Suffering from what he described on Sound Opinions as the “standard post-SXSW cold,” Chicago Sun-Times pop critic Jim DeRogatis reported on Friday that the Flaming Lips would be breaking from their traditional festival set by
having fans vote on their favorite Lips songs
to be played as the band headlined the Friday night performances of Pitchfork Music Festival 2009. DeRogatis, never one to shy away from bashing a band no matter how popular, also threw in some digs at the band’s recent commercial licensing and
feuding with the Arcade Fire
Naturally, when the band
backtracked on its original plan
of fan-requested songs, DeRogatis, a self-described “veteran Flaming Lips fan,” sounded off his own opinions on why the backtracking was frustrating and a disservice to experienced Lips fans:
Hey, Wayne: You guys have been playing more or less the same set for almost a decade now; a few new songs get added, one older song gets dropped in per night, and maybe a cover, but mostly we get a lot of eye candy, with very few if any real musical surprises. How is this major Chicago festival appearance going to be any different than the Lollapalooza show a few years ago, or any of a dozen recent Lips shows your fans may have caught in these parts? What’s the matter, buddy: Afraid to deviate from the standard set list, stretch out as in the old days, and either succeed brilliantly or fail nobly? Don’t you think the fans at an eclectic, diverse and independent festival in one of the cities that has always been among the band’s strongest bases of support deserve and would accept something a little left of center–something different and special? Or is this just another paycheck like all the other big corporate festivals and the Kraft salad dressing commercials?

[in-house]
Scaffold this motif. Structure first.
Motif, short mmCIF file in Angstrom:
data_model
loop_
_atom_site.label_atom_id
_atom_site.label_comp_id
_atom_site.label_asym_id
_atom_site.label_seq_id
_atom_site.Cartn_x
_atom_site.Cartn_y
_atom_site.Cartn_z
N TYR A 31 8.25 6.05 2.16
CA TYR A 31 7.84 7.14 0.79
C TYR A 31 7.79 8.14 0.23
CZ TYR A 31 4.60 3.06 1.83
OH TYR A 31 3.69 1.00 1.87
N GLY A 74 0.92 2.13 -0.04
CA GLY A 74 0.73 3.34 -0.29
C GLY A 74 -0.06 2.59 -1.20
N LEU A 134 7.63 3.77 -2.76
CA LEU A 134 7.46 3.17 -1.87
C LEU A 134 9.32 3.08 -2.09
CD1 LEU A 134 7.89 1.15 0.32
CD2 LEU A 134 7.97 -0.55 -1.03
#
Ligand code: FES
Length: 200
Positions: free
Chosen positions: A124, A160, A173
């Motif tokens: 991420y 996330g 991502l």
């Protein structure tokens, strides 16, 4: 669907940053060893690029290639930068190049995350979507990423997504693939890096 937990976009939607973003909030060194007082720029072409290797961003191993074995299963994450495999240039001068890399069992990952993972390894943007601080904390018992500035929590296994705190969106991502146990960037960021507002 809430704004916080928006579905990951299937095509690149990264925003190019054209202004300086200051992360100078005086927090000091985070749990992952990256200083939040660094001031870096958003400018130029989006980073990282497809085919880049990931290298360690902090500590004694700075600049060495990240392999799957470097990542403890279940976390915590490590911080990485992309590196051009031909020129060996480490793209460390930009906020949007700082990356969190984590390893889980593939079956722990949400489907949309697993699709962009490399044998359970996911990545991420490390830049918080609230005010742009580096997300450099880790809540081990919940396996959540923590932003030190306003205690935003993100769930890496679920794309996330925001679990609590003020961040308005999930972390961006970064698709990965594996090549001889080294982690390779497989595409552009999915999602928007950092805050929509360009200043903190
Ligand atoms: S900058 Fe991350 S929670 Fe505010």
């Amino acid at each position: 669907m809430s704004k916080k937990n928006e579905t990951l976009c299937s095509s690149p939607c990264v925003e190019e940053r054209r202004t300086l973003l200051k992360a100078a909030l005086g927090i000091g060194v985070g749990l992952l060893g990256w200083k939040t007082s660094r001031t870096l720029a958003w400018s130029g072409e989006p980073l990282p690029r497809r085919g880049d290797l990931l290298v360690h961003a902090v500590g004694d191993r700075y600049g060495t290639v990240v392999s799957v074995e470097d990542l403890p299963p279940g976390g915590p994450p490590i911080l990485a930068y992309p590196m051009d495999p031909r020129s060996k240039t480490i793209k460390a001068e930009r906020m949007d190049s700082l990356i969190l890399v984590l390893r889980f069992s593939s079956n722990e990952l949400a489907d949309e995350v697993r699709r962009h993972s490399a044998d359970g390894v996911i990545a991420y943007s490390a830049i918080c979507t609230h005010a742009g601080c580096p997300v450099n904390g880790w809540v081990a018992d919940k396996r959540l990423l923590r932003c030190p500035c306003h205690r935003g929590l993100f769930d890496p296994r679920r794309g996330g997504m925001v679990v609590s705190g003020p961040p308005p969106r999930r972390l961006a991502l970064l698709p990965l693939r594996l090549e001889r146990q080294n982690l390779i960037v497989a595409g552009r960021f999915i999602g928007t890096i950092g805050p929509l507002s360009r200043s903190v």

Yeah, yeah, yeah, yeah, yeah, yeah… um, no, no, no, no, no, no.
Harsh words, sure to draw the ire of the same group of music readers who lauded
Ryan Adams’ nasty voicemail message
to DeRogatis. Keep in mind however, that DeRogatis has based his career on being honest to himself regardless of what the overwhelming popular opinions of the time have been. In many cases, such as his controversial firing from Rolling Stone over his negative review Hootie and the Blowfish in 1996, he has ultimately been validated in his willingness to take down massively popular bands.
This is a rare occaision where DeRogatis is bashing a band he actually likes, and a band that, in all honesty, has gotten probably more of a free pass this decade than they’ve deserved. Since 1999’s
The Soft Bulletin
, the Flaming Lips have released one good album in
Yoshimi Battles the Pink Robots
, where one of the best songs lost them a
lawsuit to Cat Stevens
in the height of the Bush era, and another one,
At War With the Mystics
, that was released to a collective shrug three years ago. It’s been nothing but soundtracks, commercials and
trippy Christmas movies
for the Flaming Lips since.